• Kyodo


A nonprofit organization known for planting trees to protect the marine environment in Miyagi Prefecture will build a laboratory to study the impact of the March 11, 2011, earthquake-tsunami disaster on local habitats starting next year, according to members.

Based in Kesennuma, one of the hardest-hit Pacific coastal areas, Mori wa Umi no Koibito, which literally means “forest is the lover of the ocean,” has so far sent seawater and other samples to universities for analysis but is now poised to set up a facility where researchers who bring equipment with them can do simple analysis on site.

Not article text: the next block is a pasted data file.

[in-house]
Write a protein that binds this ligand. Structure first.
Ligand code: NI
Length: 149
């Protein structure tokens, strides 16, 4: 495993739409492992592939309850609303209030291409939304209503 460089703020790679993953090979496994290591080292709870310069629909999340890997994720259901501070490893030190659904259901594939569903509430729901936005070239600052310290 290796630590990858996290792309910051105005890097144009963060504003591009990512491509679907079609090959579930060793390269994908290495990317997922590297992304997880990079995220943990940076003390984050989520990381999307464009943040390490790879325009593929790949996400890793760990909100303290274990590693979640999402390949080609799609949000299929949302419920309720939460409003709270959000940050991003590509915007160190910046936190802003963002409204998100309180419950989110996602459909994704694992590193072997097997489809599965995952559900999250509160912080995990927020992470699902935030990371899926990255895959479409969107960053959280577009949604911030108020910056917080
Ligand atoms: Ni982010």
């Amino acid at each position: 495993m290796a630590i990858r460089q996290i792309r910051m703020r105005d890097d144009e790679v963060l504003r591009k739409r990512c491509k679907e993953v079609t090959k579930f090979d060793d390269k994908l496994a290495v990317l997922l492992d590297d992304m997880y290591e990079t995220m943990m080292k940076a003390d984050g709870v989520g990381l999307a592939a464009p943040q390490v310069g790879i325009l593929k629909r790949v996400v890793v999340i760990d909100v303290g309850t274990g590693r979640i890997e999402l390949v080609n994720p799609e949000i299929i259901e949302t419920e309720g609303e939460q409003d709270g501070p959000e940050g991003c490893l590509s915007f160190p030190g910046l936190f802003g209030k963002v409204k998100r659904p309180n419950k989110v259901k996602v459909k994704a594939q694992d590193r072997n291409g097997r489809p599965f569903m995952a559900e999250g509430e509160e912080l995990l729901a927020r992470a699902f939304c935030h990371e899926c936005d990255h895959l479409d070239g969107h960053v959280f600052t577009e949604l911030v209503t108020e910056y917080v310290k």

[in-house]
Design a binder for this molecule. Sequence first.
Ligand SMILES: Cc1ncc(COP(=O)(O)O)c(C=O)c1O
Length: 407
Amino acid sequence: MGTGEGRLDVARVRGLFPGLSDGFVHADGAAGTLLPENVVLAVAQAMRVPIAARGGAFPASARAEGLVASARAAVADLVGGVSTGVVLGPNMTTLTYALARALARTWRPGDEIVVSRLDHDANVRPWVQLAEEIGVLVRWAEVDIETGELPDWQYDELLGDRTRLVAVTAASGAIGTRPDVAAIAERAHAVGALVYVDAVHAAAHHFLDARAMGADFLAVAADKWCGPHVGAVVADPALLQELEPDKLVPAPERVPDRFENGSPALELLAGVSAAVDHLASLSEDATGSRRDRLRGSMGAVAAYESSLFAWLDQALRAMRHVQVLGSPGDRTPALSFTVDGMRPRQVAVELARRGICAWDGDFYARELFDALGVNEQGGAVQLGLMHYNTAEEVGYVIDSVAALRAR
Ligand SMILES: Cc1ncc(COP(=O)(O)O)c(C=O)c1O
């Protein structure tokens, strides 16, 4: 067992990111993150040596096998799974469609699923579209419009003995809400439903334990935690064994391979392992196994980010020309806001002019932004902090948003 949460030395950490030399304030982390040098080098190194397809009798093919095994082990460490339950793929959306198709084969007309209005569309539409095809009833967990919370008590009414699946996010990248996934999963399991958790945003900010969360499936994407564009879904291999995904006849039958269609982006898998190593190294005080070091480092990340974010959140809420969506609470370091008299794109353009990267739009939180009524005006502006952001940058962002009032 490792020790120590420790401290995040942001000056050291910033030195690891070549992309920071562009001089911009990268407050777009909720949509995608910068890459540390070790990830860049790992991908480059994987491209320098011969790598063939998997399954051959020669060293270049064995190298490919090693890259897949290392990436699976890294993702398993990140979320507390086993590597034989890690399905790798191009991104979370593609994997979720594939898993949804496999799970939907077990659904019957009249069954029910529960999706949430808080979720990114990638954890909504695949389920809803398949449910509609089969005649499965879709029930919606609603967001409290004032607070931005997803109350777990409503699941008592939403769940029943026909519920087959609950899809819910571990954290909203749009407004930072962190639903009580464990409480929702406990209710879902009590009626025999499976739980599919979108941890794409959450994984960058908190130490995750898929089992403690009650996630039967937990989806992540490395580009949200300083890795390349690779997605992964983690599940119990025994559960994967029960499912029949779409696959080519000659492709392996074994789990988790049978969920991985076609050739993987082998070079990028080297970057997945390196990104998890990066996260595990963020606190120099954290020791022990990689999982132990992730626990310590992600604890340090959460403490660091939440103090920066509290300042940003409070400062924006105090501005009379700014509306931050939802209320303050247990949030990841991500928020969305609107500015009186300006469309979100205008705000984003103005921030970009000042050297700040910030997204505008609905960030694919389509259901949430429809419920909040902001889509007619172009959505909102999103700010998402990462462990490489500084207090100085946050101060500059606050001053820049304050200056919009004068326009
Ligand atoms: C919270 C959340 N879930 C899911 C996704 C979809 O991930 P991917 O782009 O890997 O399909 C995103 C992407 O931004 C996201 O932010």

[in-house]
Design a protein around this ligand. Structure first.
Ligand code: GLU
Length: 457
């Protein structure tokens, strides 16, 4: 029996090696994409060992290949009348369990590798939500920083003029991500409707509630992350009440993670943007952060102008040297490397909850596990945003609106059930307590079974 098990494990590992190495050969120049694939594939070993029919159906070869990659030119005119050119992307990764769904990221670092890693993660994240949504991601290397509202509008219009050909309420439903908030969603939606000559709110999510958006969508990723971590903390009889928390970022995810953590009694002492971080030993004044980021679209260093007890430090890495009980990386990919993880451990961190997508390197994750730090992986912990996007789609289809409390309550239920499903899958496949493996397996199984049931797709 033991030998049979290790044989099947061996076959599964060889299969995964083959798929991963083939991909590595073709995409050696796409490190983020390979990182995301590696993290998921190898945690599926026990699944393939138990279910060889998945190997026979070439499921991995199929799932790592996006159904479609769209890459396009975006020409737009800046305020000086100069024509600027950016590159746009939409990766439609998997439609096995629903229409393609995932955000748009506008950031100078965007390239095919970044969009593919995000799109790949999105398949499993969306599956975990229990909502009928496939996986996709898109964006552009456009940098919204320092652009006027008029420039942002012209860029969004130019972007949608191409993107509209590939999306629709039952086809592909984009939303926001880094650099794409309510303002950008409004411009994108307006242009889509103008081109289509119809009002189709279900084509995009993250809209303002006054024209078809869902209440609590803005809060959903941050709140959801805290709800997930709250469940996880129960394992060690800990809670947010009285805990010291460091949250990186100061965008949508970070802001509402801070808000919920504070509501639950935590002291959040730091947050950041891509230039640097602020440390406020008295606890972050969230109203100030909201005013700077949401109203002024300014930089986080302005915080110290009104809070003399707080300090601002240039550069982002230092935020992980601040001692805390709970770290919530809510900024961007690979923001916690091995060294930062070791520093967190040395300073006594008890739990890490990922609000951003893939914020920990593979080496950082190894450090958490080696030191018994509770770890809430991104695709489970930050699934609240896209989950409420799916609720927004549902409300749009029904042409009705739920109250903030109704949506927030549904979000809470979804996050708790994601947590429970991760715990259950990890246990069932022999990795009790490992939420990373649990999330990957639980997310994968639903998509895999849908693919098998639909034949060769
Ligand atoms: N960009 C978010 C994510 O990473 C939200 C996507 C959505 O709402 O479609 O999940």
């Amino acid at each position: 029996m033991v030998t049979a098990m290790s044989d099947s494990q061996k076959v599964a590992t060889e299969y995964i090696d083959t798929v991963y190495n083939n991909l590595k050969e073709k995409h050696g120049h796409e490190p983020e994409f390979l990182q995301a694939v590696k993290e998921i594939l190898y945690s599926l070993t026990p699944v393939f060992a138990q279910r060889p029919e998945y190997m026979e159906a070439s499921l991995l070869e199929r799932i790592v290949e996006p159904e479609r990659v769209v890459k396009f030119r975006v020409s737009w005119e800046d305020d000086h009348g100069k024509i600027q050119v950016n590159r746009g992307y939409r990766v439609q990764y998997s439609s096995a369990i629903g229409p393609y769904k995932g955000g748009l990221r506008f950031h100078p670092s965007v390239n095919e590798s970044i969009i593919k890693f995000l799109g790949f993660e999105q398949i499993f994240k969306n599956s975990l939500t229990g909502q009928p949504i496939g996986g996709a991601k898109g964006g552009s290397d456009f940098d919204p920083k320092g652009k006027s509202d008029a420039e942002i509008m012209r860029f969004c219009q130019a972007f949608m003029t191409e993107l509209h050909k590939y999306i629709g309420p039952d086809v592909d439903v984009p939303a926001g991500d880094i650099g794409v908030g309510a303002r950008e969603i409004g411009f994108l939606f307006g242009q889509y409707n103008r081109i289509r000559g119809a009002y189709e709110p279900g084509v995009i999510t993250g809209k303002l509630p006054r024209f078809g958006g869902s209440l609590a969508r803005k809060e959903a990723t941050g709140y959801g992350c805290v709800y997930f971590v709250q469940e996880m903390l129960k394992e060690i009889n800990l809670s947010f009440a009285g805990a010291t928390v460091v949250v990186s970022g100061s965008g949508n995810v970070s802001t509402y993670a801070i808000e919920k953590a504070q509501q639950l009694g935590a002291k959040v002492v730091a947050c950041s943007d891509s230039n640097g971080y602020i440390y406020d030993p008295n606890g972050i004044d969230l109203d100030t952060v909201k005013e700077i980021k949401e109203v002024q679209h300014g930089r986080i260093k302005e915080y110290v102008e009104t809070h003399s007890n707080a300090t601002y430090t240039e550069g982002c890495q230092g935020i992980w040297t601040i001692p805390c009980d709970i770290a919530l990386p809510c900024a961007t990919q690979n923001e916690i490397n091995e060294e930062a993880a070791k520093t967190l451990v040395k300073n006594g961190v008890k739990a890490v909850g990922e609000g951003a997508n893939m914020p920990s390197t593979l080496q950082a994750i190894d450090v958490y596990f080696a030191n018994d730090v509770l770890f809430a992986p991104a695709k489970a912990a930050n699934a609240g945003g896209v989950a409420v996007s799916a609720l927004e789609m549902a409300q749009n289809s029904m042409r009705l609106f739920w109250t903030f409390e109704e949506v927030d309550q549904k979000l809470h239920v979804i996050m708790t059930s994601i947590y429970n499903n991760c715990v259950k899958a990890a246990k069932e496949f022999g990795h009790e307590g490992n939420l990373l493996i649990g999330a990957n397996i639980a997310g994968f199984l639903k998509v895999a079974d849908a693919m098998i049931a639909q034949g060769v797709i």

With construction slated to start in August and full-fledged research next spring, the lab is expected to help revive local industry by leading to the farming of new, high-value oysters and development of artificial oyster farming techniques, said Makoto Hatakeyama, vice president of the group, which is headed by his father.

Since the quake, researchers from about 20 universities, including Kyoto University and Mie University, have regularly visited the NPO’s chief, Shigeatsu Hatakeyama, 69, who is engaged in oyster farming in Kesennuma, to obtain data on local plants and animals such as fish, plankton, birds and reptiles.

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